--Your child's sinuses are not fully developed until late in the teen years, but the child can still develop a sinus infection. Although small, the maxillary (behind the cheek) and ethmoid (between the eyes) sinuses are present at birth. Childhood sinus problems may be difficult to diagnose, because symptoms may be caused by other problems, such as a viral illness or allergy. According to the American Academy of Otolaryngology - Head and Neck Surgery, these symptoms may indicate a sinus infection: Cold-like symptoms lasting more than 14 days, sometimes with a low-grade fever. Thick nasal drainage, which may be yellow or green. Post-nasal drip, sometimes leading to a sore throat, cough, bad breath, nausea or upset stomach. Headache, usually in children 6 years or older. Irritability or exhaustion. inflammation near the eyes. Read more

Related support groups: Sinusitis, Nasal Congestion, Flonase, Nasonex, Afrin, Nasacort, Veramyst, Astelin, Oxymetazoline, Sinus Symptoms, Azelastine, Dymista, Otrivin, Nasacort AQ, Omnaris, QNASL, Olopatadine, 4-Way, Rhinocort, Tetrahydrozoline

Allergy Relief Do's and Don'ts

Posted 5 Oct 2017 by Drugs.com

THURSDAY, Oct. 5, 2017 – As the seasons change, more and more people are sneezing because of allergies. And the numbers are rising, with those in urban areas particularly affected, according to the American Academy of Otolaryngology-Head and Neck Surgery. Symptoms in the fall are most likely caused by ragweed. Summer sneezes? Blame grass and weed pollens. Symptoms in the spring? You're probably allergic to tree pollen. Climate change is making things worse. The spring allergy season is starting earlier and lasting longer. And ragweed pollen is being produced for a longer period, too. These allergies can start at any age – often by age 10. But you can develop them as an adult, too. Your doctor can diagnose seasonal allergies based on your symptoms, a physical exam and, sometimes, allergy tests. He or she can then prescribe medication to tamp down your reaction. Here are other ways to ... Read more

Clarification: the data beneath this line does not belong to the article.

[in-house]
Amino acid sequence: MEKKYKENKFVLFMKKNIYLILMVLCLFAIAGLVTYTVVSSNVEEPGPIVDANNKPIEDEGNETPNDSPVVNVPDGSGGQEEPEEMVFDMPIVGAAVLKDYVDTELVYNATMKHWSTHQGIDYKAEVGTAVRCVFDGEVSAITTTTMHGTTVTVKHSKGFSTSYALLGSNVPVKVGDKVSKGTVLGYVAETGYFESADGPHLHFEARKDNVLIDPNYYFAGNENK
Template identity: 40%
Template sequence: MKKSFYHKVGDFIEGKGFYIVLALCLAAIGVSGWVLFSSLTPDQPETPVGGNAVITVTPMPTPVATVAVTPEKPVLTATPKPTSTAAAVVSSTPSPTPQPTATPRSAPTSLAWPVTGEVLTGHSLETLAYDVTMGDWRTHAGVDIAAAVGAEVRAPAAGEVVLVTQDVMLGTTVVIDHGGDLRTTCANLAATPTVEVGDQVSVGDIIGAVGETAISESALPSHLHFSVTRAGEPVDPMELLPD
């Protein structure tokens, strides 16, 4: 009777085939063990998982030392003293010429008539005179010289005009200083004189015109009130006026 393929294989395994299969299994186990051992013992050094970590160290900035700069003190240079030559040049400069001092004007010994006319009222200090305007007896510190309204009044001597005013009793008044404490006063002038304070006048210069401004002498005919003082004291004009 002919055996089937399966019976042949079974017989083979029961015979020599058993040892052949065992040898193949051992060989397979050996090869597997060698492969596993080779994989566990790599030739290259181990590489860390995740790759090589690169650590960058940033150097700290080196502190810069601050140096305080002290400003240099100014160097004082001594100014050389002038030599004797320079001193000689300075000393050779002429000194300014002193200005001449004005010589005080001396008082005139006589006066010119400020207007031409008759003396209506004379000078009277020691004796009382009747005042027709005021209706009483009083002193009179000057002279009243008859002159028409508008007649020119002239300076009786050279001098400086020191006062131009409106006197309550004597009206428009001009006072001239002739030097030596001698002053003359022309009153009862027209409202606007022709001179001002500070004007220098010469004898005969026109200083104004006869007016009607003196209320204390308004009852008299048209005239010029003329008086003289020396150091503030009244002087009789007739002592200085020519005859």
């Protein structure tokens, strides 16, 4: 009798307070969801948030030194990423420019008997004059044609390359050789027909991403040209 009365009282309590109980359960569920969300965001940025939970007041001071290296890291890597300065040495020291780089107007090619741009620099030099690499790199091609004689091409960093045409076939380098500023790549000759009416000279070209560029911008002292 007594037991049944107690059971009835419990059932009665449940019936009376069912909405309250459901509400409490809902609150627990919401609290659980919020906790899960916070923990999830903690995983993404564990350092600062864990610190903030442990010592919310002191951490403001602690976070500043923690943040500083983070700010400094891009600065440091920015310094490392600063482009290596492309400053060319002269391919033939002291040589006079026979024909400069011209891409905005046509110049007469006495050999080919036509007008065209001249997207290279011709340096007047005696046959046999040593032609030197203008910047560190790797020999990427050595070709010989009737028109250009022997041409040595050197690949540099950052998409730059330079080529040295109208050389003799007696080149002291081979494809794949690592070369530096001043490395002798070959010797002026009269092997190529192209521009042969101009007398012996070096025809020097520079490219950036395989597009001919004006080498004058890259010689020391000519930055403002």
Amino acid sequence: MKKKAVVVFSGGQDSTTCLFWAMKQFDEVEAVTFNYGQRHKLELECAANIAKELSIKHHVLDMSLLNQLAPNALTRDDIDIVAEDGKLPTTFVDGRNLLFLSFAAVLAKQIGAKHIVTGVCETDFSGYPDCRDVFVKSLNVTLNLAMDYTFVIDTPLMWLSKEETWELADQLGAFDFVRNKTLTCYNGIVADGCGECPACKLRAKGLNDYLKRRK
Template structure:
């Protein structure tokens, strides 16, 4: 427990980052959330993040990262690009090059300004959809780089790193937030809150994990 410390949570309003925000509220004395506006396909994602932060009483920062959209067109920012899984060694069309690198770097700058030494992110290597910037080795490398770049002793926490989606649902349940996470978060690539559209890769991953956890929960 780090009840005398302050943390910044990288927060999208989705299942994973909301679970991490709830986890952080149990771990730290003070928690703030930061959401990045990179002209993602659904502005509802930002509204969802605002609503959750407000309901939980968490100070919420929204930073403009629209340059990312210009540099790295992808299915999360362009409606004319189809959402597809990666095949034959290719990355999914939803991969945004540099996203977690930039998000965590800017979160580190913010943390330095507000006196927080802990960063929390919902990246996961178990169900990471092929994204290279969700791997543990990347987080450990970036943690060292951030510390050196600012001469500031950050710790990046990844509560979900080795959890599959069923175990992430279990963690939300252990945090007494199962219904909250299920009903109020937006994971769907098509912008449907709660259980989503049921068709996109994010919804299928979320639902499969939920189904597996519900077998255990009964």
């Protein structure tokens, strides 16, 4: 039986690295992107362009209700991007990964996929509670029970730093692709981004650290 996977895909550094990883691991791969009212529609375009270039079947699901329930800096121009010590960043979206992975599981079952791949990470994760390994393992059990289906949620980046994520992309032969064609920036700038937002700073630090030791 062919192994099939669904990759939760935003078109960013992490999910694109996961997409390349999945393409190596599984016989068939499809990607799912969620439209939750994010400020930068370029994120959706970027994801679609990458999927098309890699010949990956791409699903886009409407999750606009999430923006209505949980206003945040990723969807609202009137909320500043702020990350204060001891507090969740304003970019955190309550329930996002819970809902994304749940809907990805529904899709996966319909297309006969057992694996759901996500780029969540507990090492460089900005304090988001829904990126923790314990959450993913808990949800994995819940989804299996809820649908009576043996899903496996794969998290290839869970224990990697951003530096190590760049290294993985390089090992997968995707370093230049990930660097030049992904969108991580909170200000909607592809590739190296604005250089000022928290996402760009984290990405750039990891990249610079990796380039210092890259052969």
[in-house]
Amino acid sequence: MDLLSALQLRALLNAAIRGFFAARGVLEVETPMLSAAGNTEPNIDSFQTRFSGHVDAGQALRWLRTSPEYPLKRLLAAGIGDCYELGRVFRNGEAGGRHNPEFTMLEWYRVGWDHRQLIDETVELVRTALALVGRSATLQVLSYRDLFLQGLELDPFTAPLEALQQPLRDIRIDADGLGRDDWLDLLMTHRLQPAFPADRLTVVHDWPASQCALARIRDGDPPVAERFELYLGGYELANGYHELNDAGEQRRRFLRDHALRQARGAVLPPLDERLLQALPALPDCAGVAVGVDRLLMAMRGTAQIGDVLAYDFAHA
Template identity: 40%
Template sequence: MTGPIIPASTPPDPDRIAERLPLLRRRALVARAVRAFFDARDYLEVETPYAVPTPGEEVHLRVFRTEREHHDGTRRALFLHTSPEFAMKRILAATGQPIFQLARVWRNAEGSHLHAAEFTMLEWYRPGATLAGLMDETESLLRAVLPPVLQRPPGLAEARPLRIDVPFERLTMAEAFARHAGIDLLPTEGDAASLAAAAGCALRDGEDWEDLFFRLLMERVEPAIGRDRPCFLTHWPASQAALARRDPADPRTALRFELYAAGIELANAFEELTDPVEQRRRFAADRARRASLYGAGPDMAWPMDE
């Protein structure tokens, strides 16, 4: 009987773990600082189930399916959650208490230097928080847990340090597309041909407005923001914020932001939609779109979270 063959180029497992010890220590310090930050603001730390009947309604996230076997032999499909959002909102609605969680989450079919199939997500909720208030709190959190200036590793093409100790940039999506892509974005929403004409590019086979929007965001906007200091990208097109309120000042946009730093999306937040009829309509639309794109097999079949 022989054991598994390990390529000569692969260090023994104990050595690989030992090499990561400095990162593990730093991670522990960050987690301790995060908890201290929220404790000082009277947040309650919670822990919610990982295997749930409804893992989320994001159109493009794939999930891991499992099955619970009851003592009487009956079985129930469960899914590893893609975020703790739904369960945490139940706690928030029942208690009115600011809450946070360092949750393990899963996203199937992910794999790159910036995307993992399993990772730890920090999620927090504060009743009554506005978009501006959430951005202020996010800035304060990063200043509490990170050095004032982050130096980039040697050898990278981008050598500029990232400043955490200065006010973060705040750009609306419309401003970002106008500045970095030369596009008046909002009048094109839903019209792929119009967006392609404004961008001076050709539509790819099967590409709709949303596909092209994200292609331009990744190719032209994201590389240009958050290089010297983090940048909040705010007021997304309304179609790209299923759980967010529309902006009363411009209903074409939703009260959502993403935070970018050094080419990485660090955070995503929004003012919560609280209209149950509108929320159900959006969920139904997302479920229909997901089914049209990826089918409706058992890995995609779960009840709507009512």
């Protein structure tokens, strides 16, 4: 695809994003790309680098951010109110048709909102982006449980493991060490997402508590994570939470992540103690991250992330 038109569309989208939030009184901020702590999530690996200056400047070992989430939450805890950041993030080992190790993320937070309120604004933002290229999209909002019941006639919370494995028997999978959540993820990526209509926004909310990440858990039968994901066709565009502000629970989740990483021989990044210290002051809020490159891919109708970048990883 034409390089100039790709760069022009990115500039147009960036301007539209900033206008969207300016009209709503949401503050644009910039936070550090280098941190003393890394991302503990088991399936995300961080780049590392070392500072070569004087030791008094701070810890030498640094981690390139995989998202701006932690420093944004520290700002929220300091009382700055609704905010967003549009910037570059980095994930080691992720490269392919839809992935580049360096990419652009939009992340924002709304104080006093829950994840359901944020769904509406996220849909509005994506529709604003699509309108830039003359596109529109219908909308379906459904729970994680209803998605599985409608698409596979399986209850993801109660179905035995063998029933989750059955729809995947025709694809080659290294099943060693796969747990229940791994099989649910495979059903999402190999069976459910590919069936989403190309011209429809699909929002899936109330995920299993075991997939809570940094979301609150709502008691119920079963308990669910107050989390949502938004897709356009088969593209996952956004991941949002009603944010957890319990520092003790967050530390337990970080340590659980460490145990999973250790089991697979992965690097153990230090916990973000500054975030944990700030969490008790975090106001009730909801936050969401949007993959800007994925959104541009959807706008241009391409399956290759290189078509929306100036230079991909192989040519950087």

Related support groups: Allergic Reactions, Allergies, Benadryl, Hydroxyzine, Zyrtec, Promethazine, Claritin, Loratadine, Allegra, Diphenhydramine, Allergic Rhinitis, Phenergan, Hay Fever, Vistaril, Cetirizine, Cyproheptadine, Atarax, Flonase, Fexofenadine, Nasonex

Increasing Salt Intake Tied to Diabetes Risk

Posted 15 Sep 2017 by Drugs.com

THURSDAY, Sept. 14, 2017 – High levels of salt consumption may increase an adult's risk of developing diabetes, researchers say. The new study included data from a few thousand people in Sweden. The findings showed that salt intake was associated with an average 65 percent increase in the risk of developing type 2 diabetes for each 2.5 extra grams of salt (slightly less than half a teaspoon) consumed per day. People with the highest salt intake (about 1.25 teaspoons of salt or higher) were 72 percent more likely to develop type 2 diabetes than those with the lowest intake, the investigators found. The study, led by Bahareh Rasouli of the Institute of Environmental Medicine at the Karolinska Institute in Stockholm, was scheduled for presentation Thursday at the annual meeting of the European Association for the Study of Diabetes (EASD) in Lisbon, Portugal. The current study didn't look ... Read more